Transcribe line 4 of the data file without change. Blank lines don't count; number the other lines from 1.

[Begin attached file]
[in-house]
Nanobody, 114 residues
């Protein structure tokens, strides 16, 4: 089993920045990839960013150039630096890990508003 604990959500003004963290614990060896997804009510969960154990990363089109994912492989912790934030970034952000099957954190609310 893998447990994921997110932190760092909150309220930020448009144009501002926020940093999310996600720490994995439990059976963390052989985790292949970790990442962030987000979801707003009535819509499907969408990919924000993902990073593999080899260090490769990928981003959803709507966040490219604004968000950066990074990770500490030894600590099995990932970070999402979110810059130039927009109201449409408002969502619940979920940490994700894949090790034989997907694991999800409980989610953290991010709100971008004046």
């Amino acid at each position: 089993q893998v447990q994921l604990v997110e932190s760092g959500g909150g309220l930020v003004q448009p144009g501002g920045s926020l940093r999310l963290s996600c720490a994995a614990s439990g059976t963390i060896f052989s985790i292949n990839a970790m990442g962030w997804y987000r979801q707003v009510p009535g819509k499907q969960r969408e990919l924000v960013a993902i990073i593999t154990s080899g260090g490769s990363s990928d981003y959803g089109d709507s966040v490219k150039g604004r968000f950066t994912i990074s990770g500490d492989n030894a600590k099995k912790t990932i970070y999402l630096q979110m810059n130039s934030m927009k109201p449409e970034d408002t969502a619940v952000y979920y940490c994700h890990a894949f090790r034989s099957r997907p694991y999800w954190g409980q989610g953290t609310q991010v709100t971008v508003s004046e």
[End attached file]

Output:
């Amino acid at each position: 089993q893998v447990q994921l604990v997110e932190s760092g959500g909150g309220l930020v003004q448009p144009g501002g920045s926020l940093r999310l963290s996600c720490a994995a614990s439990g059976t963390i060896f052989s985790i292949n990839a970790m990442g962030w997804y987000r979801q707003v009510p009535g819509k499907q969960r969408e990919l924000v960013a993902i990073i593999t154990s080899g260090g490769s990363s990928d981003y959803g089109d709507s966040v490219k150039g604004r968000f950066t994912i990074s990770g500490d492989n030894a600590k099995k912790t990932i970070y999402l630096q979110m810059n130039s934030m927009k109201p449409e970034d408002t969502a619940v952000y979920y940490c994700h890990a894949f090790r034989s099957r997907p694991y999800w954190g409980q989610g953290t609310q991010v709100t971008v508003s004046e």